Friday, June 21, 2013

Toronto seismic issue in waiting

Well, I'm not getting sued for saying anything like this is worst ever.  I'm sure they are absolutely perfect, but look at this crap:

This is the first floor of the old Women's College building being demolished.  A huge mass on dinky columns.  All brick.  Not a chance for seismic.  But not a hazard since it is being demolished.  In fact, all the crappy brick buildings are being torn down, which is good for seismic, but history-buffs will whine.  I just put this in for perspective.

Now, this new monstrous condo is going up.   Look, it has all shops on the bottom with larger dinky columns, but 10 times the mass.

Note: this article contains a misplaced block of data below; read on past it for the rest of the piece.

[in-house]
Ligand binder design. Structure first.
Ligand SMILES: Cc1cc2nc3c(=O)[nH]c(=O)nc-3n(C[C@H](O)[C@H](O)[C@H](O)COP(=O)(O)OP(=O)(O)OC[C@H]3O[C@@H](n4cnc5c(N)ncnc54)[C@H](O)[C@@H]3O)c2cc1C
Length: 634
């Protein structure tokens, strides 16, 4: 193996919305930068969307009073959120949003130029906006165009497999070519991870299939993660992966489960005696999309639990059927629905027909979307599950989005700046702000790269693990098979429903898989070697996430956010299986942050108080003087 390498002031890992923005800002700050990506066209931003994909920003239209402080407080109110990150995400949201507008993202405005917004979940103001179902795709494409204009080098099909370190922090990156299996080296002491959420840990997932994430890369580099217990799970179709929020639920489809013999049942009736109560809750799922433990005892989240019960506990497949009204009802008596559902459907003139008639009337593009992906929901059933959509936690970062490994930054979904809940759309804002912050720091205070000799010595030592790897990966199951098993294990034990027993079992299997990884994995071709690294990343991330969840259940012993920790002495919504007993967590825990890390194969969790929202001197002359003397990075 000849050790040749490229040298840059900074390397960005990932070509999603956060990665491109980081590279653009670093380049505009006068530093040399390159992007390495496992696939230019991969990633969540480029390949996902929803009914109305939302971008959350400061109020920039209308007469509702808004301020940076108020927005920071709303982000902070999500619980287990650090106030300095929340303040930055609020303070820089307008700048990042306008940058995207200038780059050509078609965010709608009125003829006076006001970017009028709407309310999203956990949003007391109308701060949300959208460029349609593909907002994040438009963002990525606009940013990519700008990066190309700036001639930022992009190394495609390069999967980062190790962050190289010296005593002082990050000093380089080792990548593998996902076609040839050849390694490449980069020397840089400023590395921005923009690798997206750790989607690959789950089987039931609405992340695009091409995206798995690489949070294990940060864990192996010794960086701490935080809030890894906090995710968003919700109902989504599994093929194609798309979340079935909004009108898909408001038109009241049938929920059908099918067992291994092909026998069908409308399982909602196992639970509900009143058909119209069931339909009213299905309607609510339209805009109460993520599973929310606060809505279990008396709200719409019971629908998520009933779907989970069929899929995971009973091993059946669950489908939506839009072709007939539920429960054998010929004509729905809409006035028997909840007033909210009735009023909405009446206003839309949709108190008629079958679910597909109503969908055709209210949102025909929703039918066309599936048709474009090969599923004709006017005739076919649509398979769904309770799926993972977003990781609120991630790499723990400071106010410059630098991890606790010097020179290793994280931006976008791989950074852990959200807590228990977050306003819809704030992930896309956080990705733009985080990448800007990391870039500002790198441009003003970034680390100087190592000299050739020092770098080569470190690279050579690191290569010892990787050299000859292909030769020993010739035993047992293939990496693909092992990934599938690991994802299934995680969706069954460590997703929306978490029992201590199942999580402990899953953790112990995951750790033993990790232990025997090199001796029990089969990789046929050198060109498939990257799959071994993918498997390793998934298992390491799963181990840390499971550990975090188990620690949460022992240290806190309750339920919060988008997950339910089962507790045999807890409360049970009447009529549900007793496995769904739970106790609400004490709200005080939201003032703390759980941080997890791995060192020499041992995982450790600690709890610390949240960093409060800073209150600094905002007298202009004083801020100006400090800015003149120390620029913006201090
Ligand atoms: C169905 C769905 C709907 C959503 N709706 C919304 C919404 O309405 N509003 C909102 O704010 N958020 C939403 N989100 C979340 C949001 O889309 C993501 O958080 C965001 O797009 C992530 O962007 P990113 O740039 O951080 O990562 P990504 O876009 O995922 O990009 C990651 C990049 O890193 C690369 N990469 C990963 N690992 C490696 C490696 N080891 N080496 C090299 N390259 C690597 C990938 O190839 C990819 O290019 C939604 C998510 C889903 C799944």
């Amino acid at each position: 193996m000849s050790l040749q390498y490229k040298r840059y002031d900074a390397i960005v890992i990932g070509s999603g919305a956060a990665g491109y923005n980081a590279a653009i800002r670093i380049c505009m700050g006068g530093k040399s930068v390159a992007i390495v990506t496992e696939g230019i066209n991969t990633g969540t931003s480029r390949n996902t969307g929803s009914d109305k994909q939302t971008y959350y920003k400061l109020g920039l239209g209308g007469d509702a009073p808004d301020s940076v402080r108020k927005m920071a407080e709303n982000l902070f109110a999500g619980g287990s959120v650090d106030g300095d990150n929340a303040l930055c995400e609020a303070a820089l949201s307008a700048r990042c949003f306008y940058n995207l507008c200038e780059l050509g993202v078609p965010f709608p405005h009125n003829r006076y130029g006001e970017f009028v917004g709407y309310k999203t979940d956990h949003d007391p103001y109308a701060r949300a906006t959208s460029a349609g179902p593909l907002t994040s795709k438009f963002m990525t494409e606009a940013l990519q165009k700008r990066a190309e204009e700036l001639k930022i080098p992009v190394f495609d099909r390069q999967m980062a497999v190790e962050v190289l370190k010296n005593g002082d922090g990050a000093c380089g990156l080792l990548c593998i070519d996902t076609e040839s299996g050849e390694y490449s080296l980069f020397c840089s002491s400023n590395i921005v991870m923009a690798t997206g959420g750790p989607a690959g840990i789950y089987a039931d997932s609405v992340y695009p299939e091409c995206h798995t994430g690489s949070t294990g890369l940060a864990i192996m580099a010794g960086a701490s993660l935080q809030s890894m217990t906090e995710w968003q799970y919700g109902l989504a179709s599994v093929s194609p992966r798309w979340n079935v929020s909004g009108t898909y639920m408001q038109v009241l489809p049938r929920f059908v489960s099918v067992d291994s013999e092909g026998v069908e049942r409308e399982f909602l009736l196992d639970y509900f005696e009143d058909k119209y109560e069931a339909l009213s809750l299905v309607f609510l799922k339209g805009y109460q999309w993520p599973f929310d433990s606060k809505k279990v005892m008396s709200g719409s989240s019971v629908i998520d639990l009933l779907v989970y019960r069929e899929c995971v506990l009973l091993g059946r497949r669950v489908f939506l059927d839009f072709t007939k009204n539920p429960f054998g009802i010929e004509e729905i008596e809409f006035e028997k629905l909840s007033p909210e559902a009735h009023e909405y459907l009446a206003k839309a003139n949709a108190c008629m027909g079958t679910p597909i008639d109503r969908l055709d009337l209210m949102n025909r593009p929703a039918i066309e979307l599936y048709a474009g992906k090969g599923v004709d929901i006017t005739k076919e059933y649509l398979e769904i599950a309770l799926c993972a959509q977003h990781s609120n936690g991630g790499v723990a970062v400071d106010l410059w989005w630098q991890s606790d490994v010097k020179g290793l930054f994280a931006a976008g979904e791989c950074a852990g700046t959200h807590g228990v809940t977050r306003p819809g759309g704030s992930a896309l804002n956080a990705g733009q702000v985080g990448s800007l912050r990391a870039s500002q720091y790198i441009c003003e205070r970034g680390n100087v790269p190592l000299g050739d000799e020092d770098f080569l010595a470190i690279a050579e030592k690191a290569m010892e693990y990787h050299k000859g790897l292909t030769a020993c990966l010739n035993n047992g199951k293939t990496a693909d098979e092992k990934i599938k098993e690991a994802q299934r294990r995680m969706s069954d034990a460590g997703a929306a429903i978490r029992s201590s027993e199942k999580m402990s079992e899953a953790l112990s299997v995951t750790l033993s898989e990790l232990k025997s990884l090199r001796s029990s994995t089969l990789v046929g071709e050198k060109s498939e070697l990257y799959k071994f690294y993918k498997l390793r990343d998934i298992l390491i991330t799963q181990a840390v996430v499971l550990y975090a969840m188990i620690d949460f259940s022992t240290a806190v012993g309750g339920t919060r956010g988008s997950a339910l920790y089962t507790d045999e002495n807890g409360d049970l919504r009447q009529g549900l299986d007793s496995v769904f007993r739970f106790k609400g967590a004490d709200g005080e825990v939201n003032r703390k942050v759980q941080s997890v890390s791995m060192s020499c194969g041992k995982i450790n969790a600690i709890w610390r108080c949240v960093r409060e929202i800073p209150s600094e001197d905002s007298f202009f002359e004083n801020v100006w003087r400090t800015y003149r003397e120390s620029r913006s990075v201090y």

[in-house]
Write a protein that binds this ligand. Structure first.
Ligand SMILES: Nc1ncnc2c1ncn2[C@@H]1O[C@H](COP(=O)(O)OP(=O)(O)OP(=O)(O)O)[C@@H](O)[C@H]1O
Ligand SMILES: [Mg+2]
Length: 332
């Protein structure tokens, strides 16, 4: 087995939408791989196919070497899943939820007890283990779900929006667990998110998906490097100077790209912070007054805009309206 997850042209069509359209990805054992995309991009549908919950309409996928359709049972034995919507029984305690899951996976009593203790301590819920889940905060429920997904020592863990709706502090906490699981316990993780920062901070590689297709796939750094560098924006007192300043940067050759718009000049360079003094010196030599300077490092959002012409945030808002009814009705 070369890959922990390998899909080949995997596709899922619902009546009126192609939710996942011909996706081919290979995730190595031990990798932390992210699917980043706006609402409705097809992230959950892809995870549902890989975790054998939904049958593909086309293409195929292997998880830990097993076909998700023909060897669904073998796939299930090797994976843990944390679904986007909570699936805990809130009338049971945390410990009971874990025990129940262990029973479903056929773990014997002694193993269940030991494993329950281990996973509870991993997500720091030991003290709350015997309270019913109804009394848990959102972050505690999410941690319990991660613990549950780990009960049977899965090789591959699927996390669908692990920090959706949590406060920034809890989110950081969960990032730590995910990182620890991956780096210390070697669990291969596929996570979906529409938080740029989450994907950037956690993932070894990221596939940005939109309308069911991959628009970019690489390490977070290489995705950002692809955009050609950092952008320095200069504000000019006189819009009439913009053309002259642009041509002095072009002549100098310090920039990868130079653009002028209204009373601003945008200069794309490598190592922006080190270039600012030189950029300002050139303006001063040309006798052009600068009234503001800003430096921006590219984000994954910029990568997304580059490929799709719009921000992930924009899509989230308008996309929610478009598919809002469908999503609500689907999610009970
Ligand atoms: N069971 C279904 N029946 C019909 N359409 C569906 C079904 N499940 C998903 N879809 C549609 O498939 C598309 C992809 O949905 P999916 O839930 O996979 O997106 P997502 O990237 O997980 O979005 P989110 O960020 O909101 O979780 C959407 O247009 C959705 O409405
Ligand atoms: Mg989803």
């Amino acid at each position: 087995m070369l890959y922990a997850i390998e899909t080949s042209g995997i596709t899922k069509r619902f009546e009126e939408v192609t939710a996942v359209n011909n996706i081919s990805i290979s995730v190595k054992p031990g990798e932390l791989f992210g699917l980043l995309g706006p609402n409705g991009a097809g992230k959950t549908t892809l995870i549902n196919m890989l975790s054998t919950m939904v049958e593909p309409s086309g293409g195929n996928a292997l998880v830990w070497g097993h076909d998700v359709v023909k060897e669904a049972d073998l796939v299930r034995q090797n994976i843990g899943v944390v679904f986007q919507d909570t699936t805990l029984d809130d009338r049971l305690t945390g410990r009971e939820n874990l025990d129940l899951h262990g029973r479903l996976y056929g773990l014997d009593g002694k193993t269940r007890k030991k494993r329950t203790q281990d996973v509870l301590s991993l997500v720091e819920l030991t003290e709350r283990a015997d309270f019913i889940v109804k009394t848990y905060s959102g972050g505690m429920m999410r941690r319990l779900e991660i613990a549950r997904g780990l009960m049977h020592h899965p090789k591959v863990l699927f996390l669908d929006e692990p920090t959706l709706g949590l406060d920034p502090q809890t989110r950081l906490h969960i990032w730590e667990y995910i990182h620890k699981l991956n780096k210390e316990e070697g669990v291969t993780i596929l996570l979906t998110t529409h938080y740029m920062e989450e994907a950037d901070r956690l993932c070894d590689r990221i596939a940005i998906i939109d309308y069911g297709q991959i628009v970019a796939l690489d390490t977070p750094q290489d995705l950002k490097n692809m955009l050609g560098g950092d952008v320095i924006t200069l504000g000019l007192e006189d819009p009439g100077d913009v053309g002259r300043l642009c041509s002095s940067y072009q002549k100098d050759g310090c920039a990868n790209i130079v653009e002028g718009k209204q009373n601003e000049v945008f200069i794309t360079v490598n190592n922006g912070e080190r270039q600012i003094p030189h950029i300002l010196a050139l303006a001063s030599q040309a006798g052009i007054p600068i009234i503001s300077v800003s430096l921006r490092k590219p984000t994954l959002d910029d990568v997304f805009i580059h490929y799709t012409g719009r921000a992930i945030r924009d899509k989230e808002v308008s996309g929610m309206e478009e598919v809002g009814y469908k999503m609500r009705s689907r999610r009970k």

Look up, look way up!

They're all built this way, perfect 2 Hz resonators on a soft-story base.  The huge tower sits on a massive slab spanning the house of cards.  Buildings like this did terrible in Chile, but they still go up.  The only good thing is that they are on rock, but I don't know if the floppy build negates this advantage.

Unfortunately, this passes all the conventional seismic analysis, based on peak acceleration and shake tables.  We must wait for the proper earthquake to provide lessons.  :)

If you own this, get total earthquake 'unavailability' insurance if you can.  That way you can rent another place when this gets closed by an earthquake.


Anonymous said...

That's why my condo has a constant shear wall profile down to bedrock. No transfer slabs for me. It is very slender though, so I hope we don't tip over or get smashed by an adjacent building! I often wondered if wind force governs design over seismic.

Harold Asmis said...

That's the best, and in that case wind is over seismic.